Everybody is sending emails. Should my organization do that too?  What do we say?

Keeping in touch with your constituents and stakeholders now is important, but, doing it sensitively and appropriately is even more important.

To send an email now without at least referencing COVID-19 would be shortsighted. You don’t want to appear to be clueless, or worse, insensitive. Your opening lines could express concern for all and acknowledge our shared unusual predicament.

 After that, get straight to the message that you set out to communicate. Many of us are feeling overwhelmed, adrift and impatient. Your succinct, but thoughtful message will be appreciated for being direct, content-rich, and providing the information people need to know right now.

 Here are some thoughts:

  • Let people know if you are working, closed, or with limited hours. Are services available? If they are, what changes in service delivery will impact your clients.
  • How can your constituents contact you; what options exist for communication access.
  • If applicable, let your contacts know what measures you are taking to ensure safety. For this, it is important to inform whose measures you are following (WHO, CDC, City ordinances, etc.). As the information and guidance provided changes, yours will adapt as well.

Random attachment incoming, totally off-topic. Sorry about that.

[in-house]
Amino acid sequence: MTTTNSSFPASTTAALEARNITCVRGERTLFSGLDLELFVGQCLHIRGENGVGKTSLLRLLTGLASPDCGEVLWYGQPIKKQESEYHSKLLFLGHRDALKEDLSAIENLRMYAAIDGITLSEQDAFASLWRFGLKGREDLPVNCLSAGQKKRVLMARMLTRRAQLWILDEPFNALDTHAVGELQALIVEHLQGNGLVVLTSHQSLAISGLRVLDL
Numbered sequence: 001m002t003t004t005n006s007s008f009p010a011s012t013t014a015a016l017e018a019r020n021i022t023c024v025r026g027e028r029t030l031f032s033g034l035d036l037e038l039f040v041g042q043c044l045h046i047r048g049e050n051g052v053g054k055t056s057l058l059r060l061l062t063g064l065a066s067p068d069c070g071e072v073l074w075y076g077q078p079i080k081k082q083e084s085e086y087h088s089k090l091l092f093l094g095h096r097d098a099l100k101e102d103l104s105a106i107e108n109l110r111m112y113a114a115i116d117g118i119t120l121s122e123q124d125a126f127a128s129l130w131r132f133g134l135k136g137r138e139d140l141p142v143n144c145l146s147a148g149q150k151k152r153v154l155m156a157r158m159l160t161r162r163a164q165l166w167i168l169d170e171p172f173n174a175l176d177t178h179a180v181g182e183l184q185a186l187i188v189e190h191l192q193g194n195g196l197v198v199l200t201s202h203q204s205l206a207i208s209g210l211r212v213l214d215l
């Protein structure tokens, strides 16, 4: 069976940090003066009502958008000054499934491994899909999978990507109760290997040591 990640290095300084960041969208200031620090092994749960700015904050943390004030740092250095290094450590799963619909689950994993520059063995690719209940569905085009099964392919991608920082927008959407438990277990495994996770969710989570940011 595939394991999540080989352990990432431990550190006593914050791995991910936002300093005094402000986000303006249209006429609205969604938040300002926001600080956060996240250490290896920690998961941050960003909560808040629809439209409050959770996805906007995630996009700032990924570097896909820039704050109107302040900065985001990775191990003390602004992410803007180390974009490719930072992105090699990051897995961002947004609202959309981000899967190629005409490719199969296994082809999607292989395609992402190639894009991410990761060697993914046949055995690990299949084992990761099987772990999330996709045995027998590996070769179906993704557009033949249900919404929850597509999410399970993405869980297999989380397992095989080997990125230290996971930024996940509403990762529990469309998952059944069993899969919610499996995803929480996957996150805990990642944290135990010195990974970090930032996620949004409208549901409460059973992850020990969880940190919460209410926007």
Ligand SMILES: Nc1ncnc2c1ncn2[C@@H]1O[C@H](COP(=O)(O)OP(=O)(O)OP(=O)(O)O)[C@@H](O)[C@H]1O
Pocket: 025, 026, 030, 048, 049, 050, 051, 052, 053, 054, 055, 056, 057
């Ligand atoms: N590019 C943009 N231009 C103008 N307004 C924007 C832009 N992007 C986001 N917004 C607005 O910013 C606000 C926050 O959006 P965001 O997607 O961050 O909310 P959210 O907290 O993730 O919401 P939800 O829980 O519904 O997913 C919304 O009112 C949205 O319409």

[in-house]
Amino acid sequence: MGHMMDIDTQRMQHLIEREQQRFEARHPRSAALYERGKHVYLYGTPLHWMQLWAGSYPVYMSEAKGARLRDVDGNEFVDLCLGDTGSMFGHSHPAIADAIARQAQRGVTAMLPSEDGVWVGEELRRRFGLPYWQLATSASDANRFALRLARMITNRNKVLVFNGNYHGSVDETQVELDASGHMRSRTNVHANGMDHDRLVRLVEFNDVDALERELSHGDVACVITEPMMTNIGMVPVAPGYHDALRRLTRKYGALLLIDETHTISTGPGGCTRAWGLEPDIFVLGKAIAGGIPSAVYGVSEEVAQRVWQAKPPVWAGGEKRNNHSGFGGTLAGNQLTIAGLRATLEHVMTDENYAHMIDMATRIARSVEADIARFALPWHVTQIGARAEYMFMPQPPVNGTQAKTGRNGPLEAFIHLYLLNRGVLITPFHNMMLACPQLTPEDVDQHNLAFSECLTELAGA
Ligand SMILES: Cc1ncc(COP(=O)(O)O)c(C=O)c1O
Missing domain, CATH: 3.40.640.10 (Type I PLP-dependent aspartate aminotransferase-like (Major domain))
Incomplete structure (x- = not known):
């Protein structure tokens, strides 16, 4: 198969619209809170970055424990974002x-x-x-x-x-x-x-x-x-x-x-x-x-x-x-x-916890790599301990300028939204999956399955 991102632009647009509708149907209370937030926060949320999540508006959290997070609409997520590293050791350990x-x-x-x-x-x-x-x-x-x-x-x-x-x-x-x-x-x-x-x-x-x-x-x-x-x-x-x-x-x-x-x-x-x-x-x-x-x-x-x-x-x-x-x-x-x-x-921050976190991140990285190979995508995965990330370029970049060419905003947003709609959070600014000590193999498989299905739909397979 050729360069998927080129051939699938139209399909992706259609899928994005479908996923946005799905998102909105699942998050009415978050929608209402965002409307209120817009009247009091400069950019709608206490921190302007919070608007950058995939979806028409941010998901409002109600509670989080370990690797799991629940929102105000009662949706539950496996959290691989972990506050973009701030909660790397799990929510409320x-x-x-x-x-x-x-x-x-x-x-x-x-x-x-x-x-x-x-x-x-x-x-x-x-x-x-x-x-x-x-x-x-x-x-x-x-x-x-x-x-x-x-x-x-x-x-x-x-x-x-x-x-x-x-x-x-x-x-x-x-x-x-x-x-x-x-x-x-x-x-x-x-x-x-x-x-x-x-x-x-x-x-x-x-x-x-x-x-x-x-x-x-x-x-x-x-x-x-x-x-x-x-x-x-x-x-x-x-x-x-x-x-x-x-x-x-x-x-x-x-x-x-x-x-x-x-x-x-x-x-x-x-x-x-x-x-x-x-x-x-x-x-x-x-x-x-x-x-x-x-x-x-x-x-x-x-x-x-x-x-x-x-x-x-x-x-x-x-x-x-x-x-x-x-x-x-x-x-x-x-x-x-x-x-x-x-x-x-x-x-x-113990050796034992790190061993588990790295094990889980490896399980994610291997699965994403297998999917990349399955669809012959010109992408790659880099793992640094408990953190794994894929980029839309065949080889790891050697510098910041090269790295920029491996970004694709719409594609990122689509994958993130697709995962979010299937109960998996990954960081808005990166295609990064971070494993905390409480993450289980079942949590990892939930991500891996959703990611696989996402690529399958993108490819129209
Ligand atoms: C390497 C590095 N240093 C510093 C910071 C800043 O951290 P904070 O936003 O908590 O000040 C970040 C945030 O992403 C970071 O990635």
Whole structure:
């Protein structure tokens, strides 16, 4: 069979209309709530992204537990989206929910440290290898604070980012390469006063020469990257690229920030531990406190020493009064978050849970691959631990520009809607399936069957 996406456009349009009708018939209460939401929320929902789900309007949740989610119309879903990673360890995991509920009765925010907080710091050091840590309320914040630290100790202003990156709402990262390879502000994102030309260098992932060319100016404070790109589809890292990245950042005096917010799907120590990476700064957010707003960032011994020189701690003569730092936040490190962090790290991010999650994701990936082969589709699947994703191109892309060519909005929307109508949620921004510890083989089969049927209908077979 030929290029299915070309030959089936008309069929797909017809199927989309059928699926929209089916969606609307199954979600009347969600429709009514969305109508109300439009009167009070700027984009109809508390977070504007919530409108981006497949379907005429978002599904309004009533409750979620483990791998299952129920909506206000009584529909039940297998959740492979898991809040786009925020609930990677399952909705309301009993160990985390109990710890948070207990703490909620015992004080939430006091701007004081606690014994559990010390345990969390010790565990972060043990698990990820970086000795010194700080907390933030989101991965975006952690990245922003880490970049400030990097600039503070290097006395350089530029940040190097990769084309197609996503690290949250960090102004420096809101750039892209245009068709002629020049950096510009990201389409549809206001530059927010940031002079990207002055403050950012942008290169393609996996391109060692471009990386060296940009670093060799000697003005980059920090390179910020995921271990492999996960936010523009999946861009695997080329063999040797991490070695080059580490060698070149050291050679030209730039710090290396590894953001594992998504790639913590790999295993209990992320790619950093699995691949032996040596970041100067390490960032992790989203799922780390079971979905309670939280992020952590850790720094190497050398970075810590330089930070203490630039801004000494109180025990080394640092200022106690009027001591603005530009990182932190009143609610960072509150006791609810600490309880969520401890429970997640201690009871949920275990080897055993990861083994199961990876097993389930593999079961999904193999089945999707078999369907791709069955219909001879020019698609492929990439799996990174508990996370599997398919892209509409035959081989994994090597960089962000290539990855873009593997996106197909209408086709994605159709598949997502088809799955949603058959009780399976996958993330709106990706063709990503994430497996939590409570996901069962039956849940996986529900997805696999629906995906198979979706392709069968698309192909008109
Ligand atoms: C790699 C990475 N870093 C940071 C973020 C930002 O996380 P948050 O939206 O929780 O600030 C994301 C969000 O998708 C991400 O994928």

• Don’t feel that you need to dig for content if it is not necessary or appropriate. It is OK to not communicate if you do not have to, or have nothing relevant or pressing to share at this moment.

 In general…

  • Be careful not to provide advice beyond your expertise or credentials. Stick to what you know and your organization’s mission.
  • Avoid negative messaging, especially fearmongering or shaming language that undermines confidence or places blame. We are all in this together.
  • Humor is not advisable. We do not know what our audiences’ individual state of minds or forms of coping are right now
  • Stay clear of any impression of opportunistic appearance.
  • Be transparent: Let people know what you are doing, why, and what you plan to do next (within the extent to which you can plan)
  • There is no need to communicate just for the sake of communicating: If your area of expertise does not feel relevant or if you do not know what to say, it might be time to communicate less
  • Be sensitive to the times: good intentioned outreach might be welcome, but even so, limit it; and, this is not the time for a “business as usual” approach, which could seem tone deaf and insensitive
  • Ensure you have a website or social media presence to be able to move fluidly as needs arise


    Please feel free to offer your comments or reach out to us.

    ~ Susan Swinburne & Sue Moylan